To cope with the COVID-19 crisis, many employers are taking employees’ temperatures and asking them general health-related questions as they report to work. A relevant question that often arises in light of this activity is: How do the requirements of the Health Insurance Portability and Accountability Act of 1996 (HIPAA) apply to the information gathered?
HIPAA’s requirements to safeguard protected health information (PHI) apply only to covered entities such as health care plans, health care clearinghouses, and most health care providers — not to employers acting in their capacity as employers. So, while the results of COVID-19-related temperature checks and information gathering must be maintained confidentially, HIPAA does not apply to the COVID-19-related information that an employer collects from employees. (If an organization is a HIPAA-covered entity, a similar analysis would apply to information maintained in its employment records).
Of course, HIPAA does apply to PHI related to COVID-19 that is created, maintained, received, or transmitted by a group health plan. This PHI generally cannot be disclosed to the plan sponsor unless the privacy rule’s prerequisites for such disclosures have been met. For example, in most cases, the PHI could be disclosed only to employees performing administration functions for the plan and could not be used for employment-related actions. Therefore, it is important to carefully document the source of employees’ COVID-19-related information.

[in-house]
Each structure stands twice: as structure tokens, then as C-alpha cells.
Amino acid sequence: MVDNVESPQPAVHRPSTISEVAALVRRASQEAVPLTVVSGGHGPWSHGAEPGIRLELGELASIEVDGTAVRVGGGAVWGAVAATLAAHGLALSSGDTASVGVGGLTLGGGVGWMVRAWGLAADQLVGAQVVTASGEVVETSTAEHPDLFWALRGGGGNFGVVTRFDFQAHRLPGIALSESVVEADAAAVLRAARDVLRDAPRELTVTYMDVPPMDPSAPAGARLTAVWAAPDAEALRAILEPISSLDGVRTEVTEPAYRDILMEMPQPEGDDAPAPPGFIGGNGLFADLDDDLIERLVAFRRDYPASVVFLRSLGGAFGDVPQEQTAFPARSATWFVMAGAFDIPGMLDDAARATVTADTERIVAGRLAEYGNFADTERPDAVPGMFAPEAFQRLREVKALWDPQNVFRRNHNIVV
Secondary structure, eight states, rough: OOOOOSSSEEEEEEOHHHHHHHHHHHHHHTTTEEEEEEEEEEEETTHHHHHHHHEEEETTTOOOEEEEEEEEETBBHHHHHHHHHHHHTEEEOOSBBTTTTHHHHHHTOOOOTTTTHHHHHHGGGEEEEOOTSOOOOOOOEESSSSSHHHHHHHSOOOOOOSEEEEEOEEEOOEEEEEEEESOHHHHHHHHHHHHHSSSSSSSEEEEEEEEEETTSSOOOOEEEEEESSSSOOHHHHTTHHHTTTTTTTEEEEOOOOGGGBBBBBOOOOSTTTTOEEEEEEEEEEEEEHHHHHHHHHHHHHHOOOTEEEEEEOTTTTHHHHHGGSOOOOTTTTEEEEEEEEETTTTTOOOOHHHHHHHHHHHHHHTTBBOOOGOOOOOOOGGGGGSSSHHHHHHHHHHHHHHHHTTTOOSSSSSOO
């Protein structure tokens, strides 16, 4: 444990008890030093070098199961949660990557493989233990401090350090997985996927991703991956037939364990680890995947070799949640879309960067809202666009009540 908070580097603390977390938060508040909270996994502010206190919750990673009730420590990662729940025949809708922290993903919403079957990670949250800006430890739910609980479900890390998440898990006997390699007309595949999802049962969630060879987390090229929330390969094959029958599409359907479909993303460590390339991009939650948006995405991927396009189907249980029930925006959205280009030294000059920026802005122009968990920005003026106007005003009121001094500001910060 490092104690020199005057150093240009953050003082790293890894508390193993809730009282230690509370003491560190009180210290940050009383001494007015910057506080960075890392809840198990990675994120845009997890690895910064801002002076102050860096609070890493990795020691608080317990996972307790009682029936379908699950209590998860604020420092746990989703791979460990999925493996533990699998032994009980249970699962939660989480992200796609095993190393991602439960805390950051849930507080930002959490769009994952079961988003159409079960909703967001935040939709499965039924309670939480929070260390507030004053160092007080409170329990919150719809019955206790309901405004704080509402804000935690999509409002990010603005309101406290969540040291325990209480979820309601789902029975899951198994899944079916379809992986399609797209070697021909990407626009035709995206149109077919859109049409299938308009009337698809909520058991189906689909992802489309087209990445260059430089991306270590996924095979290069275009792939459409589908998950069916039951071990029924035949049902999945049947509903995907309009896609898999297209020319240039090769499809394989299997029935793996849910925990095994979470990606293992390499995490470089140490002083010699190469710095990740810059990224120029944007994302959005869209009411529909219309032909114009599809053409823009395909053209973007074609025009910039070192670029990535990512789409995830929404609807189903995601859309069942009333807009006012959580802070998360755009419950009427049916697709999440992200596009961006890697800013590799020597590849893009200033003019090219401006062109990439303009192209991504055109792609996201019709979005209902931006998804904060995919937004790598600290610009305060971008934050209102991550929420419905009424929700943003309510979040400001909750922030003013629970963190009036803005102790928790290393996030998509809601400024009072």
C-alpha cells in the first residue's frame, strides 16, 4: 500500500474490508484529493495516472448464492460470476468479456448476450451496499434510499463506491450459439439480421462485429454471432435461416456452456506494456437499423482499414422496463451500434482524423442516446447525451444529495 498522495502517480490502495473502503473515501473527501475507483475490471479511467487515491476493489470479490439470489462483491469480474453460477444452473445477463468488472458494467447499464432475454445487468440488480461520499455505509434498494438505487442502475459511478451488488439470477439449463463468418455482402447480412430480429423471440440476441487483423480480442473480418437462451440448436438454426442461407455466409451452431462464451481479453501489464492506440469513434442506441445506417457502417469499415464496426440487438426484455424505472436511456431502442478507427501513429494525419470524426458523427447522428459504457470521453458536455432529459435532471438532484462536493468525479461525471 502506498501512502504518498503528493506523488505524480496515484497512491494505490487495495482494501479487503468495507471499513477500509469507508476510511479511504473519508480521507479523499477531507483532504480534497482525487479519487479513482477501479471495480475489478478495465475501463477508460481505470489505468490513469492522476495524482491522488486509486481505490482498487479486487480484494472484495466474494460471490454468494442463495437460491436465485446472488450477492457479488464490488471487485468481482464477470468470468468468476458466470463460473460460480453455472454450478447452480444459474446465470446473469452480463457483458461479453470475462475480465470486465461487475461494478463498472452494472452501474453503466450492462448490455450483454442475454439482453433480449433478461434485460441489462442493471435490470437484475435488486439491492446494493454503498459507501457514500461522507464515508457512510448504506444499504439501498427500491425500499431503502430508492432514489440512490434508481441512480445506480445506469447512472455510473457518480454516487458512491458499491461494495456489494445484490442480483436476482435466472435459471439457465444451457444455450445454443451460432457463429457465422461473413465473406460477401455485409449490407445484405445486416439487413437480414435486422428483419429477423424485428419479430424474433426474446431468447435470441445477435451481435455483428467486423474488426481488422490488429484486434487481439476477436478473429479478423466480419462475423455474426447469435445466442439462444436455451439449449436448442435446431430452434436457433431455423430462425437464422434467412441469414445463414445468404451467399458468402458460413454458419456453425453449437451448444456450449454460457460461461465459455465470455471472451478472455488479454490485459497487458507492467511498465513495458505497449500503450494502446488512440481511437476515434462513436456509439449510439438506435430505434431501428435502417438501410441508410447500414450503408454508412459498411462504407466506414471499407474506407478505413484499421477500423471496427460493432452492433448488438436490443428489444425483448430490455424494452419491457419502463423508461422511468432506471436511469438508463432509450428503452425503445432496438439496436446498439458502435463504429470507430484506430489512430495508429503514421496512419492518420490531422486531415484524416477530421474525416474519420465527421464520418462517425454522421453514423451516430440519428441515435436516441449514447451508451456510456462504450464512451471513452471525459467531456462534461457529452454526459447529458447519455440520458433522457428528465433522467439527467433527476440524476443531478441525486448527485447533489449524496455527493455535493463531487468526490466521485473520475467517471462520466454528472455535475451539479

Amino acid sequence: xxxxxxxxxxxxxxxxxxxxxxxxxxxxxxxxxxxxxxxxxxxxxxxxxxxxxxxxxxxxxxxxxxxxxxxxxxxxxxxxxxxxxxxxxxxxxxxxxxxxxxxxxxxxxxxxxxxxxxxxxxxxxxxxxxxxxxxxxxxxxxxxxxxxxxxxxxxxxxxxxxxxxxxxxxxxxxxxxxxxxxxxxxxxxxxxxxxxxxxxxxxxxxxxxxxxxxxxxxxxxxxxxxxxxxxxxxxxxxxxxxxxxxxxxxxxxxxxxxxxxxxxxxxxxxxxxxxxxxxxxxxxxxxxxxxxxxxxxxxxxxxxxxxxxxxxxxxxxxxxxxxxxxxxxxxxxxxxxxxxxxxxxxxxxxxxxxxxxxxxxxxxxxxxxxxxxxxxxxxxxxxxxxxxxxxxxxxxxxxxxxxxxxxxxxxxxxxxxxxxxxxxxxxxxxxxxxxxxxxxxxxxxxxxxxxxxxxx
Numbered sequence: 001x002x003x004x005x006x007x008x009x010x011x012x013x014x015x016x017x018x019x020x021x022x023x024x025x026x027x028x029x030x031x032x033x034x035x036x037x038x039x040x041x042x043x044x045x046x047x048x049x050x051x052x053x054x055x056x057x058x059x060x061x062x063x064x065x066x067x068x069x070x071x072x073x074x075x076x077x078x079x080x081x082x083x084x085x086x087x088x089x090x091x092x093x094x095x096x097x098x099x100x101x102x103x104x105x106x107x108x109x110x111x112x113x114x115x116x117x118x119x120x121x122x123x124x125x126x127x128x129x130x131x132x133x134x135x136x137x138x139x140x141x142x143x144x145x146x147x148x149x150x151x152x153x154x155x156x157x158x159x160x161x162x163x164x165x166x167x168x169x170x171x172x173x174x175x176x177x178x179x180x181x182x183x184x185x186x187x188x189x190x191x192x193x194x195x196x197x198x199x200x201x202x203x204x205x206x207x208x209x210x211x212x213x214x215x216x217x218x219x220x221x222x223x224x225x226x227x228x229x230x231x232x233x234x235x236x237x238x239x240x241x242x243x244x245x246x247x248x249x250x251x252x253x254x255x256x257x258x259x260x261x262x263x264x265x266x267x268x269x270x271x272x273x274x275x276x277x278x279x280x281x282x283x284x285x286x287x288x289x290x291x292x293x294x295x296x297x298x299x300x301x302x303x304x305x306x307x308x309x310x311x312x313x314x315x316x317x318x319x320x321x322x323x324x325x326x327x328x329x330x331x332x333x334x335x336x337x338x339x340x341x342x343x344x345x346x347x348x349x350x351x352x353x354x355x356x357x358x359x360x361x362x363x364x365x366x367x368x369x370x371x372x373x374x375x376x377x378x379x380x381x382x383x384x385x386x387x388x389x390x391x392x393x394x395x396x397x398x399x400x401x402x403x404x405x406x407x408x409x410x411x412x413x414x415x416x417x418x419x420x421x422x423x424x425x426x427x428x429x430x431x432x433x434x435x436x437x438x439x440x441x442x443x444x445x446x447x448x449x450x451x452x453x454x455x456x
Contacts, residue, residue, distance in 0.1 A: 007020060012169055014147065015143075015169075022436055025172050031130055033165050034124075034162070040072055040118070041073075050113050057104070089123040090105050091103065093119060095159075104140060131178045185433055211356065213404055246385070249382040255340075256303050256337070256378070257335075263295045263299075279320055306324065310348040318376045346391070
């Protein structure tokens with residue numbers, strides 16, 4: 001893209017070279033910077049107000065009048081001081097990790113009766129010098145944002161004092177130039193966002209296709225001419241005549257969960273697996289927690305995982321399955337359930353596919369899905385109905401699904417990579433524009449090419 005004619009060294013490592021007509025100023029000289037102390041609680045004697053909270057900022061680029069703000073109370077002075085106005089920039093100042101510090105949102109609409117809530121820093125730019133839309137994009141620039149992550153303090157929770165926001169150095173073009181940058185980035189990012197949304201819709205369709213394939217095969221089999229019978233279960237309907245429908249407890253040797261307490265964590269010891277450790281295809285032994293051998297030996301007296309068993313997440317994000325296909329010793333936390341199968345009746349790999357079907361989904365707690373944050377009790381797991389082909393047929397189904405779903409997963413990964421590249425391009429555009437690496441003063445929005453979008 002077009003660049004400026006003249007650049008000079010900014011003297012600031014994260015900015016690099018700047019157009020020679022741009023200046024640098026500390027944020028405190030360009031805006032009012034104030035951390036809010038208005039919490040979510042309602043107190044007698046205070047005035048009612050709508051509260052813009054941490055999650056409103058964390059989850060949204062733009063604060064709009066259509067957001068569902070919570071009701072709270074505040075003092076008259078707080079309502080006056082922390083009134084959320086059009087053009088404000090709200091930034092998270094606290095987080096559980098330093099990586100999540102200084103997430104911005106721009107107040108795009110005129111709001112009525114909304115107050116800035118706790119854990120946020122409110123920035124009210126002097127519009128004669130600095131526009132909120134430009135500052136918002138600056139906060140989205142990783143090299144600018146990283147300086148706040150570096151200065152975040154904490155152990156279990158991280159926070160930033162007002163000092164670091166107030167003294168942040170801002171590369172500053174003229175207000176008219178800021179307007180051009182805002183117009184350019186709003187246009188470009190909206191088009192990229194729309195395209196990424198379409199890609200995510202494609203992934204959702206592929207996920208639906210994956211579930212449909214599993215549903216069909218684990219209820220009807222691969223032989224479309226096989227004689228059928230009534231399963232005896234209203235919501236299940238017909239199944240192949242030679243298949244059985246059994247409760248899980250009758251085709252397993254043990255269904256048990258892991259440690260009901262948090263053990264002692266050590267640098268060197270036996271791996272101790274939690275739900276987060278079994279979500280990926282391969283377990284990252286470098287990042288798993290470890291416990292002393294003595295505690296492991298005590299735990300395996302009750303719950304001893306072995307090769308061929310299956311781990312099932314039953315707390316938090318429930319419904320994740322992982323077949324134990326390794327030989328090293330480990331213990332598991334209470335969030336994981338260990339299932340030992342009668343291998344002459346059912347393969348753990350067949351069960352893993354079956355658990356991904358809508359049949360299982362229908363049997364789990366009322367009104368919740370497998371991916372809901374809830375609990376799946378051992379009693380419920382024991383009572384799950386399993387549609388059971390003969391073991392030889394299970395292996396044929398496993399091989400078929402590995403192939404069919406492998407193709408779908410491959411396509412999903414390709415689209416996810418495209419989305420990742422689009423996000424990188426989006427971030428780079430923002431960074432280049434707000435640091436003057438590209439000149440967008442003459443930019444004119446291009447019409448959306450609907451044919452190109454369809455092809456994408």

The effect of other laws also should be considered. For example, the Americans with Disabilities Act of 1990 (ADA) prohibits an employer from subjecting employees to disability-related inquiries and medical examinations, except under limited circumstances. Although temperature checks are considered medical examinations, guidance from the Equal Employment Opportunity Commission (EEOC) states that employers may screen employees entering the workplace by taking their temperatures and asking them about symptoms (such as fever and shortness of breath) that might indicate the presence of COVID-19.
The EEOC’s guidance is specific to COVID-19 and is based on a finding that the presence of someone with the virus or related symptoms in the workplace would pose a substantial risk of harm to others. The EEOC’s guidance notes that, though HIPAA does not apply to employers per se, the ADA requires employers to safeguard the confidentiality of any medical information gathered. For instance, it should be maintained separately from employees’ personnel files.
As more and more employers across the country strive to fully get back to work, the threat of COVID-19 persists. Temperature checks and other health monitoring can help protect workers and customers, but it is important to keep regulatory compliance in mind. It is important to consult with a professional advisor on topics related to legal employment issues and compliance. Our human resources professionals can help – let us assist your business and protect your employees.